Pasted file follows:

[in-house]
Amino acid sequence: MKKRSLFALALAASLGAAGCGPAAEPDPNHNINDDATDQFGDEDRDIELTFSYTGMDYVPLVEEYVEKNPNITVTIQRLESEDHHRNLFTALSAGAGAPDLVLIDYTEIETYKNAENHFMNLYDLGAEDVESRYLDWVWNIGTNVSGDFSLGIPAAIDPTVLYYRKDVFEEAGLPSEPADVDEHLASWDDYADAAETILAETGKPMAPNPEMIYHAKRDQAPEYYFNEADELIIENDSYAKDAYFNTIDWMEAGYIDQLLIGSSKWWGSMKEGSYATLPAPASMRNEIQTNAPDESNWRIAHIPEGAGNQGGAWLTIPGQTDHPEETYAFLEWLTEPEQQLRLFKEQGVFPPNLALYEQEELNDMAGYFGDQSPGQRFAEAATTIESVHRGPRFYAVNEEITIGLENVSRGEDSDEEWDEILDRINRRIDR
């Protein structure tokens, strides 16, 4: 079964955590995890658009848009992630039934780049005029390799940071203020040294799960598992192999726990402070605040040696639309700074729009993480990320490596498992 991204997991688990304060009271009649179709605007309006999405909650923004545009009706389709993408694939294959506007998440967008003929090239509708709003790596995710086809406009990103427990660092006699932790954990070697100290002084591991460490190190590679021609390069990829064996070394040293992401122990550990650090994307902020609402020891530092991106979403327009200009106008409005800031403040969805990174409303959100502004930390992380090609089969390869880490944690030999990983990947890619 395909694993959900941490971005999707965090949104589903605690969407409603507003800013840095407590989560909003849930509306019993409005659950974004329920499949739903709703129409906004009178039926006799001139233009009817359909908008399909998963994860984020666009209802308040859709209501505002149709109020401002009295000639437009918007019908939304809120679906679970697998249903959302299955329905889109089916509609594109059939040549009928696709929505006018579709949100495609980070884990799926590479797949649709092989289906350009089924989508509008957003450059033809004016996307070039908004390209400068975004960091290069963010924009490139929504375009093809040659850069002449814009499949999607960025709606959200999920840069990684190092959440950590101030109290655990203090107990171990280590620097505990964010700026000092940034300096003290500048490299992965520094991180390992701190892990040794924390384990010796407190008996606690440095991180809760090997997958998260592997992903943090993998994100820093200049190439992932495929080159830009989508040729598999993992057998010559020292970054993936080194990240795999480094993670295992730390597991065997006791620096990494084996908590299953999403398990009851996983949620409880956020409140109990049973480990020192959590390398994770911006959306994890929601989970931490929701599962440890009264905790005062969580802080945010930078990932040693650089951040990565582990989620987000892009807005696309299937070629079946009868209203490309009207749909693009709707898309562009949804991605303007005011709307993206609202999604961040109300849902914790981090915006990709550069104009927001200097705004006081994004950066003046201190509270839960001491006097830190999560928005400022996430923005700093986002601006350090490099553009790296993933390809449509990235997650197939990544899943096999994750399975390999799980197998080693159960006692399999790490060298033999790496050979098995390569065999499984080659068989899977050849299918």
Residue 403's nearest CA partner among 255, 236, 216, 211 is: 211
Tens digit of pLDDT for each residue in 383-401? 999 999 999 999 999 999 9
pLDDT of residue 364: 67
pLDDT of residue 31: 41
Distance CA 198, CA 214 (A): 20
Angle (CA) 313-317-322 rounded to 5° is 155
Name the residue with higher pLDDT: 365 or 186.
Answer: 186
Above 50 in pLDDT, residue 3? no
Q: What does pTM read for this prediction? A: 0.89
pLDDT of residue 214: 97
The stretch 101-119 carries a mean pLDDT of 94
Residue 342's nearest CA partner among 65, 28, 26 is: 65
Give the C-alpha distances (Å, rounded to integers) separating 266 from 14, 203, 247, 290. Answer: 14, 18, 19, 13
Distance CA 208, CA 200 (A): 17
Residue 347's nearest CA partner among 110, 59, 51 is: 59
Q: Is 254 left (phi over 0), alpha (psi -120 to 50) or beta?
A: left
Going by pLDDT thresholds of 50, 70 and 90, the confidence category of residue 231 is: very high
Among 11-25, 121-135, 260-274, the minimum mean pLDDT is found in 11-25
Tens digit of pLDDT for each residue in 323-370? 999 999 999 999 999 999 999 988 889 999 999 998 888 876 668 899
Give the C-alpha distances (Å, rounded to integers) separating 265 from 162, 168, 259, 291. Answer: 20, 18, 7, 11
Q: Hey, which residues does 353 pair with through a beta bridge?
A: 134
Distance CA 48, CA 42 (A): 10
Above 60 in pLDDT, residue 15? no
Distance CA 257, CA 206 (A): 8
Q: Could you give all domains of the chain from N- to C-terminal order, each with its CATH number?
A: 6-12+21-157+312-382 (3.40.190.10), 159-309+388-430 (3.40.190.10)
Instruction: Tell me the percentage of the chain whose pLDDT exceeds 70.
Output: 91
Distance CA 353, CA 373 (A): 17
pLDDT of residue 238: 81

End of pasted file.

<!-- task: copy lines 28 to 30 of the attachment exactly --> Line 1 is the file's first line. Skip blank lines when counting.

Distance CA 48, CA 42 (A): 10
Above 60 in pLDDT, residue 15? no
Distance CA 257, CA 206 (A): 8